The best parallel I could think of was Star Ocean: Till the End of Time. In that game, some of the hardest bosses are pretty ridiculous. A few of them have in excess of 10 million HP, making for a very long fight. The best way to deal with that is typically to stack defense, and occasionally an elemental immunity or two. In other words the best way to beat the boss is to arrange your equipment in such a way that at least one character takes no damage. Of course this leads to a somewhat uninteresting fight since you literally cannot lose. More to the point, stacking defense likely comes at the cost of some offense, and with so much HP those bosses are just going to take forever to kill. So then, is that good gameplay?

Personally I think that it is. To me, RPGs are all about choices. In order to orchestrate a situation where the hardest boss in the game is incapable of dealing to deal a single point of damage, a lot of work must be done. The player makes a very clear choice to commit to that strategy. Regardless of how fun that particular battle may or may not be, I think it's satisfying to see your strategy be effective. In fact many of my favorite games revolve around the concept of high level, long term planning more than moment to moment execution. Now the issue here is that in Star Ocean, making that choice is a much deeper process. One of the game's biggest systems is the item create/modification system, and in order to get the defense necessary you have to use this system extensively to get the required equipment modifiers. In my RPG, the choice isn't quite as deep.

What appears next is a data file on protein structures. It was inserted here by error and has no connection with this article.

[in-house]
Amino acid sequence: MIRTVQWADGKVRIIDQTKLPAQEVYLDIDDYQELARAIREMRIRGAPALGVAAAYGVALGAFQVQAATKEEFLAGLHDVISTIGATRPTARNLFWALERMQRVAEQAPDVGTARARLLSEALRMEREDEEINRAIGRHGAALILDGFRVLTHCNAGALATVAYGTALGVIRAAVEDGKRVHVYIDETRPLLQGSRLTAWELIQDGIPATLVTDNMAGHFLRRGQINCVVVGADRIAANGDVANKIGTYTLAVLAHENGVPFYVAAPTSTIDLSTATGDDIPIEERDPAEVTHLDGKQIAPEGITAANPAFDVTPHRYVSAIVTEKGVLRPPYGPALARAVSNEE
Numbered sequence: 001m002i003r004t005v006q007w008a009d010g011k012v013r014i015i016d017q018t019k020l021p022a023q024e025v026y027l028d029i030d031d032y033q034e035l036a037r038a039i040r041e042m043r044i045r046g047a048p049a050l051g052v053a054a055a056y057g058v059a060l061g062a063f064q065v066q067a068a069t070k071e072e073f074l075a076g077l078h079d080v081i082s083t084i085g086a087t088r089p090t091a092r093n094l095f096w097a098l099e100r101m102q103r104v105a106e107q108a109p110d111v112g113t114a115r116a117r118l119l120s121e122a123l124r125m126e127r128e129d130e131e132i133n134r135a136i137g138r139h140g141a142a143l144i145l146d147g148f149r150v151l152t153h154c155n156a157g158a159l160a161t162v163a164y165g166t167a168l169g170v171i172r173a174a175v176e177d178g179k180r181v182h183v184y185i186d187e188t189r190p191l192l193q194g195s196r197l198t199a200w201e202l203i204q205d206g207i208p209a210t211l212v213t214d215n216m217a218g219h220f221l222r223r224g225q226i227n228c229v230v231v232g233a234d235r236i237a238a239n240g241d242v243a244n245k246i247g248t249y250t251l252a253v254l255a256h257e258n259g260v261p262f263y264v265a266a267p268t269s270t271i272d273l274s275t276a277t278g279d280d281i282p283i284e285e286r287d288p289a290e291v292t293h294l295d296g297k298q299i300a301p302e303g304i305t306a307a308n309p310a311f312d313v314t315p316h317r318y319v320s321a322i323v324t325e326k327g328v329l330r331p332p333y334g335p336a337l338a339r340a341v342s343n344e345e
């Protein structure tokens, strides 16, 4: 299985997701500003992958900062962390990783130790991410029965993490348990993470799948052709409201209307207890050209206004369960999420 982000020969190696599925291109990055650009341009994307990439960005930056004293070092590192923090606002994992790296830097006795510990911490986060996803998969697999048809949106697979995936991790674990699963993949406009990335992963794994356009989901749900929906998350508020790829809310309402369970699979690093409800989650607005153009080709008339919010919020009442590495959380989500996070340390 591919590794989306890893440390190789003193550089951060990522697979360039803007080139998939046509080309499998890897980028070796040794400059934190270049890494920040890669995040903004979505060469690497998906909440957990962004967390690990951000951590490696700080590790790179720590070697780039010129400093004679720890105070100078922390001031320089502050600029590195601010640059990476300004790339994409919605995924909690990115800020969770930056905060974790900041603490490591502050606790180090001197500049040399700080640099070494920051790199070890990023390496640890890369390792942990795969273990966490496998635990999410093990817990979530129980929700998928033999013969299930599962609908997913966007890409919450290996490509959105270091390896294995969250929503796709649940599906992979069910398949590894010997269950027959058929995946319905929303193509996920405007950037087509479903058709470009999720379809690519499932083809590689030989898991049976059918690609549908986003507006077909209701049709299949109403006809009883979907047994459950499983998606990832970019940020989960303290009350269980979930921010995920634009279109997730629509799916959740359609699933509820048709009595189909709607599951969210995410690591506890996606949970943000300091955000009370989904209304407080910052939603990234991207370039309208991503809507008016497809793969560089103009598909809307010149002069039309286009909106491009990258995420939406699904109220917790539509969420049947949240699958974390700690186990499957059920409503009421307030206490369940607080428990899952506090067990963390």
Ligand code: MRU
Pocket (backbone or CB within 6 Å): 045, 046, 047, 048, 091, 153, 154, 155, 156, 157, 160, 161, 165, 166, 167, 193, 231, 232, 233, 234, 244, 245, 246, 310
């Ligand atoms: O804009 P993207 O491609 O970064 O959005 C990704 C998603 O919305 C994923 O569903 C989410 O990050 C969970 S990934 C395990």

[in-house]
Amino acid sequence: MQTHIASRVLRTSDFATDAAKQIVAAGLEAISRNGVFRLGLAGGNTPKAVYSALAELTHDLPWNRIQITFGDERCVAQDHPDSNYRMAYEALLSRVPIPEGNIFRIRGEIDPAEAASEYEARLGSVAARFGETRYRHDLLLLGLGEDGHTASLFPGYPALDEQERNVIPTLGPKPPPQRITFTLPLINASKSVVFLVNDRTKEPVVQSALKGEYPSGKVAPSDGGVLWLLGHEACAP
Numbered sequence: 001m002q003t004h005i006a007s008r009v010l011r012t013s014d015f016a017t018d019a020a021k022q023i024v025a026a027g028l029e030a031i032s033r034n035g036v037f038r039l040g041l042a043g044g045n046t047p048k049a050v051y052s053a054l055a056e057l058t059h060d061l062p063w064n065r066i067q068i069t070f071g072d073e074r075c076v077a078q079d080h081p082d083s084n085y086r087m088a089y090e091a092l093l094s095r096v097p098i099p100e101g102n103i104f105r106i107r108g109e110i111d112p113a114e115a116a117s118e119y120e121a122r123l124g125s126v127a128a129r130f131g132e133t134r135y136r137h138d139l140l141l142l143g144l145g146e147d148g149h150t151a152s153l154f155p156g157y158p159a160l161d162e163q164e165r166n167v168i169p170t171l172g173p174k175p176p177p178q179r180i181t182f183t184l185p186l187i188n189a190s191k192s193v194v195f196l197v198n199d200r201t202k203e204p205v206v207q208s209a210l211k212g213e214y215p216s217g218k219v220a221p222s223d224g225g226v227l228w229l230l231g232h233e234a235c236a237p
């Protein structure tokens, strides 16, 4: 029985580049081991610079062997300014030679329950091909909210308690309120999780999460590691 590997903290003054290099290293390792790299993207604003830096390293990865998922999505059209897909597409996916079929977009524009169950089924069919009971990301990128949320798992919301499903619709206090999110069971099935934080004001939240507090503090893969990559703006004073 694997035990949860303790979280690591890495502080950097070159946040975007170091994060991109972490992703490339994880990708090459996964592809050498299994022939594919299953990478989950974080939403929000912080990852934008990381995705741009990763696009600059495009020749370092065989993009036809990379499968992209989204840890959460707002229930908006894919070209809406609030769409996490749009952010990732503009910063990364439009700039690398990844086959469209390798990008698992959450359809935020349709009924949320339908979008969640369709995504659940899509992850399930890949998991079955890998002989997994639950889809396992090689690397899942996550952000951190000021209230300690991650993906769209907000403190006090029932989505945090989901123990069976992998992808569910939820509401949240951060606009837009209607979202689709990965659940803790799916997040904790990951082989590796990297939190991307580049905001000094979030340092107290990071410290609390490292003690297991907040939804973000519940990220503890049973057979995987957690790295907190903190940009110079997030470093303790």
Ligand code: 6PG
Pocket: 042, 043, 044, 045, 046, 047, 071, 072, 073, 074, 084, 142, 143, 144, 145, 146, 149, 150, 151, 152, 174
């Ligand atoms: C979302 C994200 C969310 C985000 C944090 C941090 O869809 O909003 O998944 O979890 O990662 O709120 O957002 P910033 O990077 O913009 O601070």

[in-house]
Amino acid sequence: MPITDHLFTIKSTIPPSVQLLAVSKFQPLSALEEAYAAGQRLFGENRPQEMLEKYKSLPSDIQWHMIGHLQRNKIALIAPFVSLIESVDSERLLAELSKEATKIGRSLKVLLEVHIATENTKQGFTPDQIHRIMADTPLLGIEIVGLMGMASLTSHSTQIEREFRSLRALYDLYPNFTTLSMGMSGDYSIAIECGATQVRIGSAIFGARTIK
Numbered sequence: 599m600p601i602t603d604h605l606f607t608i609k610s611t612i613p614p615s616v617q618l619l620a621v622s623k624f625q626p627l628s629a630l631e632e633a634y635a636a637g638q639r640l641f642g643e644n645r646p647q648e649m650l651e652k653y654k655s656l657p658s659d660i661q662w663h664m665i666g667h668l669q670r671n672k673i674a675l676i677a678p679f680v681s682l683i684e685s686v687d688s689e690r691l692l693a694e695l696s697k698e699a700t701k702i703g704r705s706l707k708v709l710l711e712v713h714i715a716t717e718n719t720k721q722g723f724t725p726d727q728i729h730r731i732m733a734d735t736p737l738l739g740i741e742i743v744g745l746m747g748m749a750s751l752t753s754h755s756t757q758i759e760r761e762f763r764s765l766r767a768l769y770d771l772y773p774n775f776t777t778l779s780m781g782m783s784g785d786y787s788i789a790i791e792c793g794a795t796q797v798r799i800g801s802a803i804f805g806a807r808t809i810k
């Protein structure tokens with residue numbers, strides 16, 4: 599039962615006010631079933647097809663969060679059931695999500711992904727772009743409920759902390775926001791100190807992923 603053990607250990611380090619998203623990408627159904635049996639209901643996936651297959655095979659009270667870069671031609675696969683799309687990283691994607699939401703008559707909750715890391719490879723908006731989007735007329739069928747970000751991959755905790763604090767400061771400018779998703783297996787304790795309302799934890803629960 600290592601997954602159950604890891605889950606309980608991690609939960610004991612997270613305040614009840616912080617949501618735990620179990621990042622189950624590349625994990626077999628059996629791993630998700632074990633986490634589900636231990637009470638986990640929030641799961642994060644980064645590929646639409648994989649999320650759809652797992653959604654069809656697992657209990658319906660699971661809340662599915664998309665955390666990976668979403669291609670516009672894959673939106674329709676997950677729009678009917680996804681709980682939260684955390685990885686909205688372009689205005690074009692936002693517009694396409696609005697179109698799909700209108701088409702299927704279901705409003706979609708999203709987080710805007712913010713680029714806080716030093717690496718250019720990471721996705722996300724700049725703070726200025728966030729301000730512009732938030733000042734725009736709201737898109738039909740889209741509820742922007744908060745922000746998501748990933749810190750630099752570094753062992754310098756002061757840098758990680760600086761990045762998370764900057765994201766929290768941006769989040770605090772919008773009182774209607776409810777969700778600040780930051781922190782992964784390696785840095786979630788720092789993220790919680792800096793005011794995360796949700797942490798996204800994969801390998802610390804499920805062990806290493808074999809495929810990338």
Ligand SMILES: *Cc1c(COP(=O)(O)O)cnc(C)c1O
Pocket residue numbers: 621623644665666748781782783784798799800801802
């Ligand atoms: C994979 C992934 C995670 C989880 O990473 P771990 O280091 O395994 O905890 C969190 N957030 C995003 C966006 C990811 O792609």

Basically, there are 9 different clear paths to playing my RPG. There are 3 classes and 3 equipment paths, essentially requiring the player to make 2 decisions. You can mix and match equipment if you so choose, but that's unlikely to happen in most cases. With no big grand system governing all of this, it feels a lot less interesting for 0 damage to occur. More to the point it feels like it kind of happens on it's own. Ultimately though, 0 damage is still a result of player choice, and it does come with pluses and minuses. It's not unexpected that a Wizard would focus on magic. That's a choice though. The player chose a Wizard, and the player chose magic boosting equipment. Chances are they may never even notice their melee does 0 damage, they will be too busy tossing fireballs. Similarly, the player who chooses a Warrior and goes for physical oriented gear will take 0 melee damage most times. They will notice, but they will also notice they get torn apart by special attacks, and they have little ability to heal themselves.